Goals of a Visual Verbal Language Research Program

A research program requires both bold, general goals and specific landmarks along the way. A major effort to deal with the problem of increasing complexity and the limitations of our human cognitive abilities would benefit all human endeavors and could easily be focused on biotechnology and nanotechnology as prototype test beds. We can contemplate, thus, the steady, incremental achievement of the following goals as a realistic result of a major visual language program:

1. Provide policymakers with comprehensive visual-verbal models. The combination of the ability to represent complex mental models and the ability to collect realtime data will provide sophisticated decision-making tools for social policy. Highly visual cognitive maps will facilitate the management of and navigation through major public policy issues. These maps provide patterned abstractions of policy landscapes that permit the decisionmakers and their advisors to consider which roads to take within the wider policy context. Like the hundreds of different projections of geographic maps (e.g., polar or Mercator), they provide different ways of viewing issues and their backgrounds. They enable policymakers to drill down to the appropriate level of detail. In short, they provide an invaluable information management tool.

2. Provide world-class, worldwide education for children. Our children will inherit the results of this research. It is imperative that they receive the increased benefits of visual language communication research as soon as it is developed. The continued growth of the Internet and the convergence of intelligent visual-verbal representation of mental models and computer-enhanced tutoring programs will enable children everywhere to learn the content and skills needed to live in the 21st century. But this will take place only if these advances are incorporated into educational programs as soon as they are developed.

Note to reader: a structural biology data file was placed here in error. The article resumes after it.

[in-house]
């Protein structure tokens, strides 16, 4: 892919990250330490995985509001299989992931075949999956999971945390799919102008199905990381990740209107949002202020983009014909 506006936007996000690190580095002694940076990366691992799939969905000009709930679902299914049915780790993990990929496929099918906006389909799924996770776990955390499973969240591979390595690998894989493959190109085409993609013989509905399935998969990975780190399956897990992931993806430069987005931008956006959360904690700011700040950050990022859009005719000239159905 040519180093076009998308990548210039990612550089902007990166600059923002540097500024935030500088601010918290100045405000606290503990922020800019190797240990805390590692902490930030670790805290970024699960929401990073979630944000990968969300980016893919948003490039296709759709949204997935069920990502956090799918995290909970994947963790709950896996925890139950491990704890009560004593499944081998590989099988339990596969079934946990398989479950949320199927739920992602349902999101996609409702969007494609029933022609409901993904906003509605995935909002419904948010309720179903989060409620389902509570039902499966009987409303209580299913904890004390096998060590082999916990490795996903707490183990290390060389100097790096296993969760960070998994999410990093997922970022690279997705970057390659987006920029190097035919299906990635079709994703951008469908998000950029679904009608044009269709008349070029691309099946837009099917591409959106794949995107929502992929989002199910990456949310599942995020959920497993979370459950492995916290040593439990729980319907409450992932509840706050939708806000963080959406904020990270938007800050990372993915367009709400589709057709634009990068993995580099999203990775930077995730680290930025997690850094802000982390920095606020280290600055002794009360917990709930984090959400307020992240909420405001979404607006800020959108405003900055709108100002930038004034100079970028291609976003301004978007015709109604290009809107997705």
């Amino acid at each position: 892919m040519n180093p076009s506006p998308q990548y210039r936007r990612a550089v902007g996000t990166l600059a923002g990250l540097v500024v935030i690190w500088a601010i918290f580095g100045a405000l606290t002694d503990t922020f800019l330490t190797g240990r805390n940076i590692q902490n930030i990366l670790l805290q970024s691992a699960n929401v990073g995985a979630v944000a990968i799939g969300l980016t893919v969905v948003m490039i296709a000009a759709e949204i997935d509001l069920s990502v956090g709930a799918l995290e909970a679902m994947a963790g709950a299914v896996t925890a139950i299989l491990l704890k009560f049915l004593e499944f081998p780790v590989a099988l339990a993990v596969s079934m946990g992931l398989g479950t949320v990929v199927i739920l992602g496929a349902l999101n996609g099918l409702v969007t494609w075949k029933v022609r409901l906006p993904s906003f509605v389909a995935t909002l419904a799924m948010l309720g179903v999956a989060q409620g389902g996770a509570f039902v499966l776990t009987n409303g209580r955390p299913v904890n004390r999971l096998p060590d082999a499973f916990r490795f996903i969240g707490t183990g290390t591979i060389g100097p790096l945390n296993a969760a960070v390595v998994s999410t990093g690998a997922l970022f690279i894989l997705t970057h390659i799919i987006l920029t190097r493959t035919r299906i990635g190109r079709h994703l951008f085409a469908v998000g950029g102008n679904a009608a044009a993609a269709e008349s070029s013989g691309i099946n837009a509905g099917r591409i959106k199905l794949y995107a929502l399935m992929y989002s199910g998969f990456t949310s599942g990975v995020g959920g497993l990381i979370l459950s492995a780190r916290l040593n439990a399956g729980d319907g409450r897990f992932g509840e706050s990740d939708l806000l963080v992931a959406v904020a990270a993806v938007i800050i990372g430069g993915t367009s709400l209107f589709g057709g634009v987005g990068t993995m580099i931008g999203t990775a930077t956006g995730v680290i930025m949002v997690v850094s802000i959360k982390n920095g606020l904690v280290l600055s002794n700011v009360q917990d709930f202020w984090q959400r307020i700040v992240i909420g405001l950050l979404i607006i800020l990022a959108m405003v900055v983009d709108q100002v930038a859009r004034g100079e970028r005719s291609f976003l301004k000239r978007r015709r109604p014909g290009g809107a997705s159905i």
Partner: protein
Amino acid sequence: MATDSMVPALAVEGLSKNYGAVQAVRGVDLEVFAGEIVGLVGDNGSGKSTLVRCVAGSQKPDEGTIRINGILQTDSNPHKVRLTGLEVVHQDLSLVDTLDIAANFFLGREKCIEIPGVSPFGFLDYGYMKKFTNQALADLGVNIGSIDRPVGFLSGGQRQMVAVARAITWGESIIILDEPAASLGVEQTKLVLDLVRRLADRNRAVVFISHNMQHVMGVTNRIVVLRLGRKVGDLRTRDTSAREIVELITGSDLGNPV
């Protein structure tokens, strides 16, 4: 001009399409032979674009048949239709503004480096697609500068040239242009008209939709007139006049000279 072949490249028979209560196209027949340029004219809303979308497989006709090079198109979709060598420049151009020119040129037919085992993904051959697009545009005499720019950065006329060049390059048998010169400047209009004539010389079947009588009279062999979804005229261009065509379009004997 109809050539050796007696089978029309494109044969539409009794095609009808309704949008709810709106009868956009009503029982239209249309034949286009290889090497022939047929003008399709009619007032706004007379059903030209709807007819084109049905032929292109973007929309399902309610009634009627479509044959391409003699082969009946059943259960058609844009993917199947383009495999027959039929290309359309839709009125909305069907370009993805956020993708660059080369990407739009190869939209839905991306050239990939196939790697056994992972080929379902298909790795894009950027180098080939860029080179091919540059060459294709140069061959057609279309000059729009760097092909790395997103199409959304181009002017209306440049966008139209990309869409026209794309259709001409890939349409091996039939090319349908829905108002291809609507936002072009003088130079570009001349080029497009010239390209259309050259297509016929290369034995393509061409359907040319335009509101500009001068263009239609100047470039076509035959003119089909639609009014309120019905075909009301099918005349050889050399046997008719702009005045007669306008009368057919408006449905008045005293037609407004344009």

3. Achieved large breakthroughs in scientific research. The convergence of more competent computers, computer-based collaborative tools, visual representation breakthroughs, and large databases provided by sensors will enable major improvements in scientific research. Many of the advances that we can imagine will come from interdisciplinary teams of scientists, engineers, and technicians who will need to become familiar rapidly with fields that are outside of their backgrounds and competencies. Visual language resources (such as the diagram project described below) will be required at all levels to make this cross-disciplinary learning possible. This could be the single most important factor in increasing the effectiveness of nano-bio-info teams working together at their various points of convergence.